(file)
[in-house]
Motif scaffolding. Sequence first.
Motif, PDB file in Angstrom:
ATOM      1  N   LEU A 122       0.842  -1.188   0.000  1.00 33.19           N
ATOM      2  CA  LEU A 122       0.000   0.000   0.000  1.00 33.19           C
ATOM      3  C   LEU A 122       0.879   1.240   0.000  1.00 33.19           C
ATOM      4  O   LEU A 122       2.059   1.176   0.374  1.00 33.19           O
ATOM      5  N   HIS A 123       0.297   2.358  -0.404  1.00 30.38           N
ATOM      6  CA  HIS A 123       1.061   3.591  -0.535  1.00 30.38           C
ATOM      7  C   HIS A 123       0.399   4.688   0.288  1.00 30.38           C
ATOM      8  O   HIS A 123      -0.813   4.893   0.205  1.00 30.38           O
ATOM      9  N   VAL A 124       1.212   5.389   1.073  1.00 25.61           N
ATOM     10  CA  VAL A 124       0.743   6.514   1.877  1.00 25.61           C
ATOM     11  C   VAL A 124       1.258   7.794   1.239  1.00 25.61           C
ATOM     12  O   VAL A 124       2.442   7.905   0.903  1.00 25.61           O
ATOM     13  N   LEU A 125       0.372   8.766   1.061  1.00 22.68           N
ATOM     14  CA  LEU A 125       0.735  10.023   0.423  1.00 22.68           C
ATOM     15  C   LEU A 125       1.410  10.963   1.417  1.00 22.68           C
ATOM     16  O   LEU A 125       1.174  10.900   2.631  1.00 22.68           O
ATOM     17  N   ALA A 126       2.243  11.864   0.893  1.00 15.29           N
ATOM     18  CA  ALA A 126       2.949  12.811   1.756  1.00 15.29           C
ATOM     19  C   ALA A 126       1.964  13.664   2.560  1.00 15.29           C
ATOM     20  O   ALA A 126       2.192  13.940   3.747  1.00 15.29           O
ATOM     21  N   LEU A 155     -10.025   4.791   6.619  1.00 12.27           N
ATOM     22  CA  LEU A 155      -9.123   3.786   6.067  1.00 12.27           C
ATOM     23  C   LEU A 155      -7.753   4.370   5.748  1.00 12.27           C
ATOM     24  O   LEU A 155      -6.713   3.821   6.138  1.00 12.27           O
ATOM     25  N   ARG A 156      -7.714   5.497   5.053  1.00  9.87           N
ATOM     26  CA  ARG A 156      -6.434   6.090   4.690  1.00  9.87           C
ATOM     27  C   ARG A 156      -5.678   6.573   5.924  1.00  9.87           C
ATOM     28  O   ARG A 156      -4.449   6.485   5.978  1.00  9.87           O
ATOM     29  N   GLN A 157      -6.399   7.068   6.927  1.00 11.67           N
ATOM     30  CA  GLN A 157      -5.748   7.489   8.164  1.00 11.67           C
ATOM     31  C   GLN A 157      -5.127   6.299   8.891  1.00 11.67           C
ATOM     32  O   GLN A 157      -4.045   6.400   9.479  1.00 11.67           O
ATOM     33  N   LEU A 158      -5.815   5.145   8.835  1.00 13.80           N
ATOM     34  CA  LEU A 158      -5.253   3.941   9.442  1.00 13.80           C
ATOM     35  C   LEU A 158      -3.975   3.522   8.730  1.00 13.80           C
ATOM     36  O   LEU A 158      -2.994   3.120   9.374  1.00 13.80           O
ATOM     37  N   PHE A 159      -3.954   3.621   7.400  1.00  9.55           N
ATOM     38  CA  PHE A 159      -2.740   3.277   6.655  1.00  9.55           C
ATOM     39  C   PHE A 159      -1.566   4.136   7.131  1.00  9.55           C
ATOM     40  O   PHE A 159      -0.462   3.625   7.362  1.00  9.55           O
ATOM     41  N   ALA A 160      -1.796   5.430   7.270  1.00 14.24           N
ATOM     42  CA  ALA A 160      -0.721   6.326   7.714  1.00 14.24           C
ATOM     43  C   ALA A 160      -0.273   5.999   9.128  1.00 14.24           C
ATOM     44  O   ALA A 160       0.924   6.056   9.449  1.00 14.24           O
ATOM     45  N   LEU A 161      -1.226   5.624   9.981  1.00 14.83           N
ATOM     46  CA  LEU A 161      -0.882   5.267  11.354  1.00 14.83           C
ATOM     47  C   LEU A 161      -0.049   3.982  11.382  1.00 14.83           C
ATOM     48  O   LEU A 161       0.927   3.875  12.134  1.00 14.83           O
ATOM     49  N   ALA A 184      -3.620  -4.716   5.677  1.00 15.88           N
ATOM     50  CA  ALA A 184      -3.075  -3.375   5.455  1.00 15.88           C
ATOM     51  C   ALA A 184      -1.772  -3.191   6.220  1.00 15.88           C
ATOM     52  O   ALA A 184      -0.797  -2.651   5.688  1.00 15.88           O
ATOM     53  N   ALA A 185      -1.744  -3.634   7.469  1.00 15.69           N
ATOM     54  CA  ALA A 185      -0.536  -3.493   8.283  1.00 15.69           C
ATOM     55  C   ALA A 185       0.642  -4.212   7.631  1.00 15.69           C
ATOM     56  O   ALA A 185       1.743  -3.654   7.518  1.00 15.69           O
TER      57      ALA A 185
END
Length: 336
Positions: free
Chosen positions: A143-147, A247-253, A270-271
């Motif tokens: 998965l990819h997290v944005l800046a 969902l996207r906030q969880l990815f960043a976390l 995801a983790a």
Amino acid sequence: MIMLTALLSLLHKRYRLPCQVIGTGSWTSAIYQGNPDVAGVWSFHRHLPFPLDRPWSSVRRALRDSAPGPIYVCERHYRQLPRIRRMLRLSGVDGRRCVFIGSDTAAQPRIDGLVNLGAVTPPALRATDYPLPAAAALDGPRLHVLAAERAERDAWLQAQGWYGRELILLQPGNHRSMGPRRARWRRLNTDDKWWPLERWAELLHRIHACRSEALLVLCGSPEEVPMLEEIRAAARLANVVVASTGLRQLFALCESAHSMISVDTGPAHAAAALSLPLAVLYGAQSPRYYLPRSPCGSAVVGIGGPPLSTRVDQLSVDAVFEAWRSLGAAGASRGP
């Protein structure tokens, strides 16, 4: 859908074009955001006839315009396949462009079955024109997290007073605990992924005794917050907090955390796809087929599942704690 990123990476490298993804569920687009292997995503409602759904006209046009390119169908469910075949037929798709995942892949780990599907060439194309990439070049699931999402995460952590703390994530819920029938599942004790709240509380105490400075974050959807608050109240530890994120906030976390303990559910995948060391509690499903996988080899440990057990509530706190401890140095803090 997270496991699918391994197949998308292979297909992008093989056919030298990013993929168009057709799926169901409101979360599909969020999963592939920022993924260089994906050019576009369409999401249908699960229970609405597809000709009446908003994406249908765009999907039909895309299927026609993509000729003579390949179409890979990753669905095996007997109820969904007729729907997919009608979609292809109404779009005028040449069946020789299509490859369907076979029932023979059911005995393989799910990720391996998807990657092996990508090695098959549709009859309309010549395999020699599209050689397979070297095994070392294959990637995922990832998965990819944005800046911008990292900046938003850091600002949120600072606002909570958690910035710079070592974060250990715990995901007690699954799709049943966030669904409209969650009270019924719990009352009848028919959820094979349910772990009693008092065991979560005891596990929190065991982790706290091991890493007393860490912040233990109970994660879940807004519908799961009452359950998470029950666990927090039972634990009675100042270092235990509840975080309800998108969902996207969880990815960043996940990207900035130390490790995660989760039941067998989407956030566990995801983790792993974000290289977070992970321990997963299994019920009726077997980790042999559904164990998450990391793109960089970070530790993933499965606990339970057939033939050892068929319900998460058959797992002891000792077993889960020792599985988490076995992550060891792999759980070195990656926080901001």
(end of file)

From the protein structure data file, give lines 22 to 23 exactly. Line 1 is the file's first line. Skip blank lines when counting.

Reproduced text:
ATOM     19  C   ALA A 126       1.964  13.664   2.560  1.00 15.29           C
ATOM     20  O   ALA A 126       2.192  13.940   3.747  1.00 15.29           O